Skip to main content Accessibility help
×
Home
Hostname: page-component-99c86f546-7c2ld Total loading time: 0.33 Render date: 2021-11-28T13:18:00.856Z Has data issue: true Feature Flags: { "shouldUseShareProductTool": true, "shouldUseHypothesis": true, "isUnsiloEnabled": true, "metricsAbstractViews": false, "figures": true, "newCiteModal": false, "newCitedByModal": true, "newEcommerce": true, "newUsageEvents": true }

Concluding remarks: corruption, anti-corruption, and the 2007 elections

Published online by Cambridge University Press:  05 June 2012

Toyin Falola
Affiliation:
University of Texas, Austin
Matthew M. Heaton
Affiliation:
University of Texas, Austin
Get access

Summary

INTRODUCTION

On May 29, 2007, Olusegun Obasanjo stepped down as president of Nigeria, having served the maximum two terms allowed under the constitution. Alhaji Umaru Yar'Adua, the brother of Obasanjo's deputy head of state in the 1970s, was inaugurated as the new president of Nigeria, marking the first time in Nigeria's history that power was transferred from one civilian ruler to another. The PDP extended its domination of political offices throughout the country, controlling both federal houses as well as the governorships and state legislatures in twenty-eight of the thirty-six states of the federation.

The 2007 elections highlighted several of the internal contradictions of Nigerian politics as they relate to the issue of political corruption. On the surface, the transfer of power to Yar'Adua served as an indication of the potential for stability and longevity of democratic, civilian rule in the Fourth Republic. The lead-up to the elections saw an unprecedented crackdown on corruption in the country. The federal anti-corruption body, the Economic and Financial Crimes Commission, along with various state legislatures, brought charges against many powerful politicians. The elections, which took place for local and state offices on April 14 and for federal offices on April 21, were conducted with a minimum of violence. All these factors are encouraging, and they illustrate the extent to which the Fourth Republic has been able to accomplish things that other civilian regimes have not.

Type
Chapter
Information
A History of Nigeria , pp. 271 - 279
Publisher: Cambridge University Press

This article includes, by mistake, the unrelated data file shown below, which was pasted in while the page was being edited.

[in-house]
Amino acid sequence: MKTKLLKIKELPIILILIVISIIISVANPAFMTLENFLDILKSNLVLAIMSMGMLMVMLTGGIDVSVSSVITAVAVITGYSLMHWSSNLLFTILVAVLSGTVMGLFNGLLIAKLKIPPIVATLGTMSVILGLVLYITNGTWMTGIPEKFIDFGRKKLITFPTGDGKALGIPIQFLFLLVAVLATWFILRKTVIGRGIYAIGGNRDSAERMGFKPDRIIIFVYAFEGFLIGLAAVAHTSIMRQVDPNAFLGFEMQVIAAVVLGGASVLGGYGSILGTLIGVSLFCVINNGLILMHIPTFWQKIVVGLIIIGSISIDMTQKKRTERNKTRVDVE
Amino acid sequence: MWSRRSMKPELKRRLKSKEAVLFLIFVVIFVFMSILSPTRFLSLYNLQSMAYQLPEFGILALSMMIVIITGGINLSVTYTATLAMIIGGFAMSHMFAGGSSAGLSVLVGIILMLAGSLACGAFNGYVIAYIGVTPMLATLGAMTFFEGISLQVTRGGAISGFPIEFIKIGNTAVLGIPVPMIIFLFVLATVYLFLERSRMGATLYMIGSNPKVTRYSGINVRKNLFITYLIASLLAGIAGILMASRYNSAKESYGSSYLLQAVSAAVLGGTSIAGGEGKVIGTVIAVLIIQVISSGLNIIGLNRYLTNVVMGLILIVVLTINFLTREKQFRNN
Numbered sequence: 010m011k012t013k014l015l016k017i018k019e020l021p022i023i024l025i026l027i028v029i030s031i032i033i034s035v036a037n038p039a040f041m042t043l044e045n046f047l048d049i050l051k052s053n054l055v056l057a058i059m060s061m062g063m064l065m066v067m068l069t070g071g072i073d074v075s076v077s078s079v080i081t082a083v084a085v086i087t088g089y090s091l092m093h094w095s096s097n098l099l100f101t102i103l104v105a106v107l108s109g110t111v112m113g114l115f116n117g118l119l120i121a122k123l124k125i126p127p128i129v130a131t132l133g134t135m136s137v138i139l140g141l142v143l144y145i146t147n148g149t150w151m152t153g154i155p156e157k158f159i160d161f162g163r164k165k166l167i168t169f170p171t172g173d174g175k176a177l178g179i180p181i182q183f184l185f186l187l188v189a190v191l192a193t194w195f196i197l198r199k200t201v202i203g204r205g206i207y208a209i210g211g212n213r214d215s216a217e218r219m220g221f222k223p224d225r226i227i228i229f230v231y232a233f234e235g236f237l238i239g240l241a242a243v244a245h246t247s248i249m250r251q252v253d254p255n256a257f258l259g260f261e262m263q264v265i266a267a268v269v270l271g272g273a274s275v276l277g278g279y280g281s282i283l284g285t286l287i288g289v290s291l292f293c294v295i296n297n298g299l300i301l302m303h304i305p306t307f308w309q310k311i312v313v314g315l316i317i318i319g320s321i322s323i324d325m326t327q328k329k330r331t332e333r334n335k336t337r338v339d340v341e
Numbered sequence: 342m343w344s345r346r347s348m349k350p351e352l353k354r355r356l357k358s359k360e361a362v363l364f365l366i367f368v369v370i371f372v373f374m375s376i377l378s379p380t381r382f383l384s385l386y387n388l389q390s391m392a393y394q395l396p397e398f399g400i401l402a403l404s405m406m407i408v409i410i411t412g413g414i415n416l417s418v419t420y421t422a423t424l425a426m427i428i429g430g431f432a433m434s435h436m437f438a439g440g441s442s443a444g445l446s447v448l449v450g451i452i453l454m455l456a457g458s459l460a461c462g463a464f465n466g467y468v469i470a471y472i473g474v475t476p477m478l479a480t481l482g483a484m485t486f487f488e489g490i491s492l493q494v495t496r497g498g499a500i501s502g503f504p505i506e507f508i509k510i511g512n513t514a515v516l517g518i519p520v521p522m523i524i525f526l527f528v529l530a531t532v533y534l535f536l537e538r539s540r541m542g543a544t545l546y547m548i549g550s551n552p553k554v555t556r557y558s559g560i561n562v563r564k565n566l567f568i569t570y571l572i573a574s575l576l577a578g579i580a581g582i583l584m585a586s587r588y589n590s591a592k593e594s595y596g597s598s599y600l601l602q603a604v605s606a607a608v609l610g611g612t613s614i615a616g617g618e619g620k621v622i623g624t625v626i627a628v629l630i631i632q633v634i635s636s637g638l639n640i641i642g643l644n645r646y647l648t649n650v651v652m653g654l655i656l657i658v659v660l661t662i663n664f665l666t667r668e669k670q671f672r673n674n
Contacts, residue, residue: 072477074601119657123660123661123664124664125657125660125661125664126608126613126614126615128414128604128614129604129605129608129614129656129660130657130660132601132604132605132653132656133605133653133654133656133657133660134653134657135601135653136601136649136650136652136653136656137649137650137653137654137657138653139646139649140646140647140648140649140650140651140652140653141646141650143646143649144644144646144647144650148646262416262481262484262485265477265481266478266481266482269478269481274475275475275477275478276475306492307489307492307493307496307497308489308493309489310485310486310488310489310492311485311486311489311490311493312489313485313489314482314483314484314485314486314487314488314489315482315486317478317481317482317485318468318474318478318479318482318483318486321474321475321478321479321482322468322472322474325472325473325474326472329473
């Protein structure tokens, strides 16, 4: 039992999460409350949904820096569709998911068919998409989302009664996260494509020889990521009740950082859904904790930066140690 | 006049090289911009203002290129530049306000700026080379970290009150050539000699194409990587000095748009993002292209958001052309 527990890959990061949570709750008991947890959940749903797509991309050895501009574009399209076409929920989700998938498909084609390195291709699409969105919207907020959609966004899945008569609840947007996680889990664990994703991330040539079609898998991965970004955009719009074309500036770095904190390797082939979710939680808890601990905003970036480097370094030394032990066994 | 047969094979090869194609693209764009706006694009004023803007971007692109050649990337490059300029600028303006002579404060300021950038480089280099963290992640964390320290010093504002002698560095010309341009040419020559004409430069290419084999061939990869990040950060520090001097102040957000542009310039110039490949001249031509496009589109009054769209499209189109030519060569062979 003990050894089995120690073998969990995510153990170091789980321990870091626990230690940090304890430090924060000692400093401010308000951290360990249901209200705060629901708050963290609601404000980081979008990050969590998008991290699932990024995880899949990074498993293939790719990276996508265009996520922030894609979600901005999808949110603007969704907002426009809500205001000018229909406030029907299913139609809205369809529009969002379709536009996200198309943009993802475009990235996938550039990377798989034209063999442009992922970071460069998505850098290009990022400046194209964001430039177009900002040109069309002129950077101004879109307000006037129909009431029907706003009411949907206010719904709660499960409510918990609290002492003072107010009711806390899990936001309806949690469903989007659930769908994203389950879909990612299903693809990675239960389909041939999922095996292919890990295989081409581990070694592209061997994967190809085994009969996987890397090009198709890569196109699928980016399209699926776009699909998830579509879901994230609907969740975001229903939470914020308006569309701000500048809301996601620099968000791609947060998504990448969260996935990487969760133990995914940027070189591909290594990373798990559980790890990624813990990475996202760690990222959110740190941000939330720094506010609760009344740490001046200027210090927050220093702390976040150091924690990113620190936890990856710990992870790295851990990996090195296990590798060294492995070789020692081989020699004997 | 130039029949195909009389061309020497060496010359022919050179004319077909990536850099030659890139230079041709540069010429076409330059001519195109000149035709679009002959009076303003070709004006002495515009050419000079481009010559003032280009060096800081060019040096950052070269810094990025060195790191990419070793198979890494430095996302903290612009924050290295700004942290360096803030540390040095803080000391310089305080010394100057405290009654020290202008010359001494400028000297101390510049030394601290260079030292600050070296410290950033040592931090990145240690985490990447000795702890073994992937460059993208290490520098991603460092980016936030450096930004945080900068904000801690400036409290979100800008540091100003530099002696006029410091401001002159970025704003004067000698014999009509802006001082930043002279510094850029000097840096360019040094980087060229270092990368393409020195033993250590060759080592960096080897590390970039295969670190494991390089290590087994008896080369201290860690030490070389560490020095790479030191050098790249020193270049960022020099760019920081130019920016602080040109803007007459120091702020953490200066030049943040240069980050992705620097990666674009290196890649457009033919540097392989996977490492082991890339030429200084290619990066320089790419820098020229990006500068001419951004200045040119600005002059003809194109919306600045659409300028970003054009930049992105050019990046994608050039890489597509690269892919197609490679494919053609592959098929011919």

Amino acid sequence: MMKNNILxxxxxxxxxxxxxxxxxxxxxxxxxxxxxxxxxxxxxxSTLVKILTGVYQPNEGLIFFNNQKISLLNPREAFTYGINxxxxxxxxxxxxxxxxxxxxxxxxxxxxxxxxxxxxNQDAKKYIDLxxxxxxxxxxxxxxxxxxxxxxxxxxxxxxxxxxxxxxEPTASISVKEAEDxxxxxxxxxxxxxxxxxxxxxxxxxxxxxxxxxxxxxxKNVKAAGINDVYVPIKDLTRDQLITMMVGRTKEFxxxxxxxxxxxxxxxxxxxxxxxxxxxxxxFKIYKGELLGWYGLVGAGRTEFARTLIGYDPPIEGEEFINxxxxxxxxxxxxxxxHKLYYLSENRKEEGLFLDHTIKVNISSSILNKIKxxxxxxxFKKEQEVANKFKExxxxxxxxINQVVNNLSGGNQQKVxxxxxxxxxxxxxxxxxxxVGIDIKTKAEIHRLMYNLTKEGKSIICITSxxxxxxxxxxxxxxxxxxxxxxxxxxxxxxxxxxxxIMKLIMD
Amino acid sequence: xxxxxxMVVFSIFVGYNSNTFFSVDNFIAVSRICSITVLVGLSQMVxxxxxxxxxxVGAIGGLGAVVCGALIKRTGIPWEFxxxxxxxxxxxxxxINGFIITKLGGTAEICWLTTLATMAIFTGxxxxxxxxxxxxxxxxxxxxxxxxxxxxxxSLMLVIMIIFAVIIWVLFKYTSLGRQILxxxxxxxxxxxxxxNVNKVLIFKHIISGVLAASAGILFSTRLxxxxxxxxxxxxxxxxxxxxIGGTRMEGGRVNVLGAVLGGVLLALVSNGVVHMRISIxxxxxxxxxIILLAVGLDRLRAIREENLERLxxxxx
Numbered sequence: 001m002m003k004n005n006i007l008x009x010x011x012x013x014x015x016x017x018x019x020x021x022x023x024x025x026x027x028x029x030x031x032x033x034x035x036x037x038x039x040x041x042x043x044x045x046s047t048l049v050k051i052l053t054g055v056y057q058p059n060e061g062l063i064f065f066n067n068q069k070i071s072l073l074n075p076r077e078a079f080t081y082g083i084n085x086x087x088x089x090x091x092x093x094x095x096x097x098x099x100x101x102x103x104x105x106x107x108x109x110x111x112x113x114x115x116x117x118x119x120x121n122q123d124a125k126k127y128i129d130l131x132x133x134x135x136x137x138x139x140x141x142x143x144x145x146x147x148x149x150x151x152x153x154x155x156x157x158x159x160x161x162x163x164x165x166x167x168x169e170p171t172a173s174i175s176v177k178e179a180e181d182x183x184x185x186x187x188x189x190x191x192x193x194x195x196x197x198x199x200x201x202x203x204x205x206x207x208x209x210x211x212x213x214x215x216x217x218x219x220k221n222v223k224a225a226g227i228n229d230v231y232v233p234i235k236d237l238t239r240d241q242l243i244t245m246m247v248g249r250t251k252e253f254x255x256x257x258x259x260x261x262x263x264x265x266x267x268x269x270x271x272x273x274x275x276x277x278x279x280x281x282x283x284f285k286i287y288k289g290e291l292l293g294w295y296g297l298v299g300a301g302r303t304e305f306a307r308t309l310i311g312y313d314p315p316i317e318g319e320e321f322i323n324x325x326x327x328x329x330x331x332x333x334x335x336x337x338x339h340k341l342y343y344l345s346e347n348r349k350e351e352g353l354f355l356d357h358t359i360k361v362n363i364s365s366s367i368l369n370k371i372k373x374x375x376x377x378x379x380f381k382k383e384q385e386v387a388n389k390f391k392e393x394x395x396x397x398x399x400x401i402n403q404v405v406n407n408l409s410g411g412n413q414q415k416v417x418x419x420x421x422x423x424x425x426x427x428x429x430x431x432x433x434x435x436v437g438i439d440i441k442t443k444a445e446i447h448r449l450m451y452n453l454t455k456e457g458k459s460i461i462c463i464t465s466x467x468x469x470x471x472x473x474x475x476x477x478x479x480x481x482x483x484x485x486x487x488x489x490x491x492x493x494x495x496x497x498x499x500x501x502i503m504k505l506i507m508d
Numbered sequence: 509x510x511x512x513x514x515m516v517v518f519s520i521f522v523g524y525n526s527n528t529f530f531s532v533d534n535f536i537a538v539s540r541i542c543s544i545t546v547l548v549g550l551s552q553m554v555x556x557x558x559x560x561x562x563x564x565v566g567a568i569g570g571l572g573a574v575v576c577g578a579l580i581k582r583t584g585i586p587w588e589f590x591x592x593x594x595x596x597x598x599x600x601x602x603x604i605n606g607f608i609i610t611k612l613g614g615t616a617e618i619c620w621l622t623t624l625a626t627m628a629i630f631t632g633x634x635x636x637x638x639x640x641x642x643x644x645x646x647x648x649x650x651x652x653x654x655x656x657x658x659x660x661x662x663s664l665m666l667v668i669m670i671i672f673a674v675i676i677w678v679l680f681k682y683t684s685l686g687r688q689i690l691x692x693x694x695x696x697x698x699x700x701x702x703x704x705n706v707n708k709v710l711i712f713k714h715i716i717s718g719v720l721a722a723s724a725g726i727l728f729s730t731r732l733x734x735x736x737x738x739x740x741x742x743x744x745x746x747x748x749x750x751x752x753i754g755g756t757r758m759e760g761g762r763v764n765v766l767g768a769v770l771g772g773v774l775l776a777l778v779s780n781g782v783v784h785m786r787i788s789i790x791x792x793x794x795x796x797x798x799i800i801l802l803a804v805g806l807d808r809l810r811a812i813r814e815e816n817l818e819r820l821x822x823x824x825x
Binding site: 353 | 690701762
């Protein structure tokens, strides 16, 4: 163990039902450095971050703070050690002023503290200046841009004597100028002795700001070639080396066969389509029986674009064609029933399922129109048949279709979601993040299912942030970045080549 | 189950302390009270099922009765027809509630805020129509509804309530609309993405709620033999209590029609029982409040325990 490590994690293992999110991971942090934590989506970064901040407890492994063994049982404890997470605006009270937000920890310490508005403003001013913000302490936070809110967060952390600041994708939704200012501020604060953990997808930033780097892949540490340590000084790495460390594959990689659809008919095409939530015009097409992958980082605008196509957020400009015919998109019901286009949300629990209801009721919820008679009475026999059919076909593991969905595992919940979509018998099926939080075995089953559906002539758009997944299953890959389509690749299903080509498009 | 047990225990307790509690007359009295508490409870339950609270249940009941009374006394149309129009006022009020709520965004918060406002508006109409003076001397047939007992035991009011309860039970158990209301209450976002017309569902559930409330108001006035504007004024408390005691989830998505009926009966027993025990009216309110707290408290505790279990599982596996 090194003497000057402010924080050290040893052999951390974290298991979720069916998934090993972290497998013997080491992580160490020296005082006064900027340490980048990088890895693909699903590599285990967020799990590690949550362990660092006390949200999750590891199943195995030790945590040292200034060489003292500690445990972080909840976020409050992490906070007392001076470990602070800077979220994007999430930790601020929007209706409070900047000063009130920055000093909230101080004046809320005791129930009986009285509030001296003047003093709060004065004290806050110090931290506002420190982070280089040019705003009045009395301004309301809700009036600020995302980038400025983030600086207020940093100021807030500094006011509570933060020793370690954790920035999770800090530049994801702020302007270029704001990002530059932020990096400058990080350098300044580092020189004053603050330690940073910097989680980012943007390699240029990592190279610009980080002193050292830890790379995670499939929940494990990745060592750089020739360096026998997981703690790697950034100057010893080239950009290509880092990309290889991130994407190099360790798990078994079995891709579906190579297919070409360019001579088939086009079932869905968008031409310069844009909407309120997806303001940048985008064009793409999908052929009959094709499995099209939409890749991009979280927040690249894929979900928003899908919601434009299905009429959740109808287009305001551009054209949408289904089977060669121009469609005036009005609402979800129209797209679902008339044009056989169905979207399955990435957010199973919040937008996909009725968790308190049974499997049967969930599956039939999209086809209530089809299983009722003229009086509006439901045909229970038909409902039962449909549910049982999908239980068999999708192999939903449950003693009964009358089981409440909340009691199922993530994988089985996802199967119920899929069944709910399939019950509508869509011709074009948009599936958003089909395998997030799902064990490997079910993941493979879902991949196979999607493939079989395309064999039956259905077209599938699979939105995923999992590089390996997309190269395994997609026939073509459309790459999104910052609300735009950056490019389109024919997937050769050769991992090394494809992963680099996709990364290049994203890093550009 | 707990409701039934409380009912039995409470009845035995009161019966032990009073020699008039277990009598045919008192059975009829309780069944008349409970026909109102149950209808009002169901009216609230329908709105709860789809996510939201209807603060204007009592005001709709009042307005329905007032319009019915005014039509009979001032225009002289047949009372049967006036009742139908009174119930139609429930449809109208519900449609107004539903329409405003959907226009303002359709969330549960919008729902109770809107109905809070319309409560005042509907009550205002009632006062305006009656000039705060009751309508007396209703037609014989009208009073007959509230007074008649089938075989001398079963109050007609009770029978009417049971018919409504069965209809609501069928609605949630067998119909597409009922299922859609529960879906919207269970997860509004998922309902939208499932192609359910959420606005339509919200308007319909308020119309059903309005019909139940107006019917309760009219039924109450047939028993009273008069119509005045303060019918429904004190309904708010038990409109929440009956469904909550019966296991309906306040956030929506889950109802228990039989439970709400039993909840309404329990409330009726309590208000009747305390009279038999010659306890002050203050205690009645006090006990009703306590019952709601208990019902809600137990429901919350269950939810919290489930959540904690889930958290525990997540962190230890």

Print publication year: 2008

Access options

Get access to the full version of this content by using one of the access options below. (Log in options will check for institutional or personal access. Content may require purchase if you do not have access.)

Send book to Kindle

To send this book to your Kindle, first ensure no-reply@cambridge.org is added to your Approved Personal Document E-mail List under your Personal Document Settings on the Manage Your Content and Devices page of your Amazon account. Then enter the ‘name’ part of your Kindle email address below. Find out more about sending to your Kindle.

Note you can select to send to either the @free.kindle.com or @kindle.com variations. ‘@free.kindle.com’ emails are free but can only be sent to your device when it is connected to wi-fi. ‘@kindle.com’ emails can be delivered even when you are not connected to wi-fi, but note that service fees apply.

Find out more about the Kindle Personal Document Service.

Available formats
×

Send book to Dropbox

To send content items to your account, please confirm that you agree to abide by our usage policies. If this is the first time you use this feature, you will be asked to authorise Cambridge Core to connect with your account. Find out more about sending content to Dropbox.

Available formats
×

Send book to Google Drive

To send content items to your account, please confirm that you agree to abide by our usage policies. If this is the first time you use this feature, you will be asked to authorise Cambridge Core to connect with your account. Find out more about sending content to Google Drive.

Available formats
×